A bomb explosion in Yemen on Sunday killed at least four people including a reporter and wounded 25 others, officials said.
The bombing targeted Houthis, in Dhamar which the group controls, a security official said.
Saba, the official news agency, reported that three members of the popular committees, a local police force created by Houthis, and a reporter lost their lives in the blast.
The journalist was identified as Khaled al-Washli, who worked for al-Masirah television channel.
Al-Masirah confirmed Washli's death on its Facebook page.
Saba said that members of the popular committees discovered the bomb at one of their buildings in Dhamar but it exploded as they tried to defuse it.
On Thursday, almost 50 people were killed when a suicide bomber dressed as a woman targeted Houthis commemorating the Prophet Muhammad’s birthday in central Yemen.
Houthis as well as members of the security forces in Yemen are often the targets of attacks by al-Qaeda in the Arabian Peninsula (AQAP), which is active in several Yemeni provinces, mainly in the south and southeast.
The ongoing crisis in Yemen has raised concerns that the country, next to oil-rich Saudi Arabia and key shipping routes from the Suez Canal to the Gulf, could become a failed state along the lines of Somalia, as it struggles to recover following the ousting of veteran autocrat Ali Abdullah Saleh in February 2012.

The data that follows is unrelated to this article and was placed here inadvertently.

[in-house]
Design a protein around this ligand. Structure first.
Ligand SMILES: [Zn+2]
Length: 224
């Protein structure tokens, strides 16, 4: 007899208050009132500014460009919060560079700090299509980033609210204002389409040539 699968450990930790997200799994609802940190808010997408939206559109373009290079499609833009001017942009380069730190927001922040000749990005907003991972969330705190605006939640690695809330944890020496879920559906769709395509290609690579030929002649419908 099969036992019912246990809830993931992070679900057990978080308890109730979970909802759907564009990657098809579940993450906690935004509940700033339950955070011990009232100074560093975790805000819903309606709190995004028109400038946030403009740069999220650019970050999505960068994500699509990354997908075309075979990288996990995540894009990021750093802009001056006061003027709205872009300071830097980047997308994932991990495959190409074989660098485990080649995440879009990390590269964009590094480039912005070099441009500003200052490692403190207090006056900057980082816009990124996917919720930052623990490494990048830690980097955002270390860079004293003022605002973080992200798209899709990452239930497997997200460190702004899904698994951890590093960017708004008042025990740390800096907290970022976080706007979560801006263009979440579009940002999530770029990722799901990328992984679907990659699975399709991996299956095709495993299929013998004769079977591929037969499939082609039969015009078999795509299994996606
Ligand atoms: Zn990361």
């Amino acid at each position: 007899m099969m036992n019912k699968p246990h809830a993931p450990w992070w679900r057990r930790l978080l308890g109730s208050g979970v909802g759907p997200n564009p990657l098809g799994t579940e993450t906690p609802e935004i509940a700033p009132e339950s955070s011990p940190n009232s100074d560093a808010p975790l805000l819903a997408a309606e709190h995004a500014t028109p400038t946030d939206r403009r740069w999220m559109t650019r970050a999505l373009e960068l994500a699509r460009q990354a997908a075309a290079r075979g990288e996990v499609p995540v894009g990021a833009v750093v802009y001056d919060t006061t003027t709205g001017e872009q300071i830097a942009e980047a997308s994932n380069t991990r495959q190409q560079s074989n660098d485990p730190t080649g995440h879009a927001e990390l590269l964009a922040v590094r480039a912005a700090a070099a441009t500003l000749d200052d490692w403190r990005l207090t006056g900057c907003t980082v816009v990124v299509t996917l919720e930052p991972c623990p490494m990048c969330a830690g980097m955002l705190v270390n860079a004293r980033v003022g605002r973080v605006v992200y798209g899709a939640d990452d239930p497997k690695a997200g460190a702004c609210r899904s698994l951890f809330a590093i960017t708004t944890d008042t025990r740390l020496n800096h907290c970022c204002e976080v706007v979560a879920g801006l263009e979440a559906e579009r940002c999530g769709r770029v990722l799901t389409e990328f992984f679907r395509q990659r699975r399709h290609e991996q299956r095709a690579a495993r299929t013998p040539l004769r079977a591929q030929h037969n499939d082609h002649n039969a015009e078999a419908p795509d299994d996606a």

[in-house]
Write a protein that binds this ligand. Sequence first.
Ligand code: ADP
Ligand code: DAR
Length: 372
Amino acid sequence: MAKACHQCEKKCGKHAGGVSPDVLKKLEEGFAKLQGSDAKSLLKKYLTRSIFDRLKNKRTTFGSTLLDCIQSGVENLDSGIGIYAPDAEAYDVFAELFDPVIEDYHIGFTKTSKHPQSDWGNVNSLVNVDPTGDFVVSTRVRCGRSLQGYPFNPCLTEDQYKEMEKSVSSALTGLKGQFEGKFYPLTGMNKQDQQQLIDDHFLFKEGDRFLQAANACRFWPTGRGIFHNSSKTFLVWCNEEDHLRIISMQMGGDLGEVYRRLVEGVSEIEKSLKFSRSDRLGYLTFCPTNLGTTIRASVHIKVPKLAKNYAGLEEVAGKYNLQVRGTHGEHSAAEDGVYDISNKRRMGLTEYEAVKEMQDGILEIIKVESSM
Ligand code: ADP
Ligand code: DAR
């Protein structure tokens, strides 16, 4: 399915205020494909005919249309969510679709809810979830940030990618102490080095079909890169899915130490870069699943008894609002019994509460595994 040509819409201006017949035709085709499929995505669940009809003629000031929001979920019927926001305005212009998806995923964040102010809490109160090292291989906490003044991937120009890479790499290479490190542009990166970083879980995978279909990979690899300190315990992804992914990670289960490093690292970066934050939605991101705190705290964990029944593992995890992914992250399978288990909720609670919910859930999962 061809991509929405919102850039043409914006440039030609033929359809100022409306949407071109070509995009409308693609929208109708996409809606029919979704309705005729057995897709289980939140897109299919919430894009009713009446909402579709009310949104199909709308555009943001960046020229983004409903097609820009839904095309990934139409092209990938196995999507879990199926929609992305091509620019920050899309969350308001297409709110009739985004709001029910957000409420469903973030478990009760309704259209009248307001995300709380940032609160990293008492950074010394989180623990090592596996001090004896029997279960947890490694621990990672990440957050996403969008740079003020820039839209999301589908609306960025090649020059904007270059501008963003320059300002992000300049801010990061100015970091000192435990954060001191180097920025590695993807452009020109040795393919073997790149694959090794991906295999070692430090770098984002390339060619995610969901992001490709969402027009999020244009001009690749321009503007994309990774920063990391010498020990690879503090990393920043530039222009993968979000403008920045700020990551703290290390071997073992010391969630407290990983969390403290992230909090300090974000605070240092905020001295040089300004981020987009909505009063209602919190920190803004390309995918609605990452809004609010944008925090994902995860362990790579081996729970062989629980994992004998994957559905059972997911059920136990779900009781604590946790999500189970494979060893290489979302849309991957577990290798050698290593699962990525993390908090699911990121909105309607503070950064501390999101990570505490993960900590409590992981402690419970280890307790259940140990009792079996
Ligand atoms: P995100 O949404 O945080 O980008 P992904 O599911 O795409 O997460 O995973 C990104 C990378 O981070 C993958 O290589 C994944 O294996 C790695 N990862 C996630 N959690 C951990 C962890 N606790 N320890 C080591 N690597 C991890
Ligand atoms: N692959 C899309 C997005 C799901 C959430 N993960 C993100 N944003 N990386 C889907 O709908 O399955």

During the pro-democracy unrest, the military split between forces loyal to Saleh and those backing General Ali Mohsen al-Ahmar, an Islamist-leaning general who had backed the uprising and went on to become a military adviser to current President Abed-Rabbo Mansour Hadi.
Corruption, internal splits and competing loyalties in the army began before Saleh was ousted and are now reaching a critical stage. The rift weakened the army and contributed to the rise of AQAP militants.
The northern-based Houthis established themselves as power brokers in Yemen by capturing Sanaa last September against scant resistance from the administration of Hadi, who appears not to have a full grip on the country's fractious military.
They easily took over Dhamar, south of Sanaa, but have met fierce resistance elsewhere from AQAP and tribesmen.
AQAP reacting to the loss of its strongholds to Houthi fighters, has accused its opponents of acting as a proxy for both the United States and Iran threatened renewed violence against them.
AQAP was born out of a 2009 merger of its franchises in al-Qaeda founder Osama bin Laden's native Saudi Arabia and his ancestral homeland in Yemen.
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